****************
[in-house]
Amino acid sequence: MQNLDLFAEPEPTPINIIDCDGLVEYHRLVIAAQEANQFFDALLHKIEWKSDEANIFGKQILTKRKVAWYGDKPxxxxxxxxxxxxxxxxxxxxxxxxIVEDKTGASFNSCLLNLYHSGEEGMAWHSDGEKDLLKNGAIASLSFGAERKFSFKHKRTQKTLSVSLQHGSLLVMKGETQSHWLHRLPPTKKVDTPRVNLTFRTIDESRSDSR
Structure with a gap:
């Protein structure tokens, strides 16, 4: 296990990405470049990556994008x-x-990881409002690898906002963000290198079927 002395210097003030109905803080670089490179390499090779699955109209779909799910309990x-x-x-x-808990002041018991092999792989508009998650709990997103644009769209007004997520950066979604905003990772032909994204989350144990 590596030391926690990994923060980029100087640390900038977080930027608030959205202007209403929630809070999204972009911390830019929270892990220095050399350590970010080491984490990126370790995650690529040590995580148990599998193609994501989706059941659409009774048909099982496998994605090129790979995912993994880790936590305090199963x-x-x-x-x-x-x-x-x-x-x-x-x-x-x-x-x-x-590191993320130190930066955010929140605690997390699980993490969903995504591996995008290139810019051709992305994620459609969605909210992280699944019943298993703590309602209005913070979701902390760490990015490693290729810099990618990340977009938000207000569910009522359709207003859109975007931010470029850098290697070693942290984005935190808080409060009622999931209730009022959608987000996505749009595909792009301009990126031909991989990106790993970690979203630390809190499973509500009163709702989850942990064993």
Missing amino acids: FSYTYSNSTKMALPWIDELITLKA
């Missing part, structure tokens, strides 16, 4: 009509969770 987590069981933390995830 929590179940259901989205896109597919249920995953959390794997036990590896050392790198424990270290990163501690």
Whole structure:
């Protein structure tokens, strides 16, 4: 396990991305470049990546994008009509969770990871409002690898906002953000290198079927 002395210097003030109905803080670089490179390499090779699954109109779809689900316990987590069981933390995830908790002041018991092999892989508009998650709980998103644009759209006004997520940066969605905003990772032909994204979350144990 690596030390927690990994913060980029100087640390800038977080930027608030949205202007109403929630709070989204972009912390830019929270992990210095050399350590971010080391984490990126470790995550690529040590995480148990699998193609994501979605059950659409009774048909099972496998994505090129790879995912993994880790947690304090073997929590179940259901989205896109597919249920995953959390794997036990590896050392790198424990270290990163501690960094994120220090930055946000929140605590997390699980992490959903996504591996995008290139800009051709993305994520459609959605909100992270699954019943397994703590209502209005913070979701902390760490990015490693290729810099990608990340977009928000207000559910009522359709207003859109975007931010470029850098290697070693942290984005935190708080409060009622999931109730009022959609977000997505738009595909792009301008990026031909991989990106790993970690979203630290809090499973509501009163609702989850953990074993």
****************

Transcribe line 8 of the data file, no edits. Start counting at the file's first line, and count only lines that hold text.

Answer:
């Protein structure tokens, strides 16, 4: 396990991305470049990546994008009509969770990871409002690898906002953000290198079927 002395210097003030109905803080670089490179390499090779699954109109779809689900316990987590069981933390995830908790002041018991092999892989508009998650709980998103644009759209006004997520940066969605905003990772032909994204979350144990 690596030390927690990994913060980029100087640390800038977080930027608030949205202007109403929630709070989204972009912390830019929270992990210095050399350590971010080391984490990126470790995550690529040590995480148990699998193609994501979605059950659409009774048909099972496998994505090129790879995912993994880790947690304090073997929590179940259901989205896109597919249920995953959390794997036990590896050392790198424990270290990163501690960094994120220090930055946000929140605590997390699980992490959903996504591996995008290139800009051709993305994520459609959605909100992270699954019943397994703590209502209005913070979701902390760490990015490693290729810099990608990340977009928000207000559910009522359709207003859109975007931010470029850098290697070693942290984005935190708080409060009622999931109730009022959609977000997505738009595909792009301008990026031909991989990106790993970690979203630290809090499973509501009163609702989850953990074993």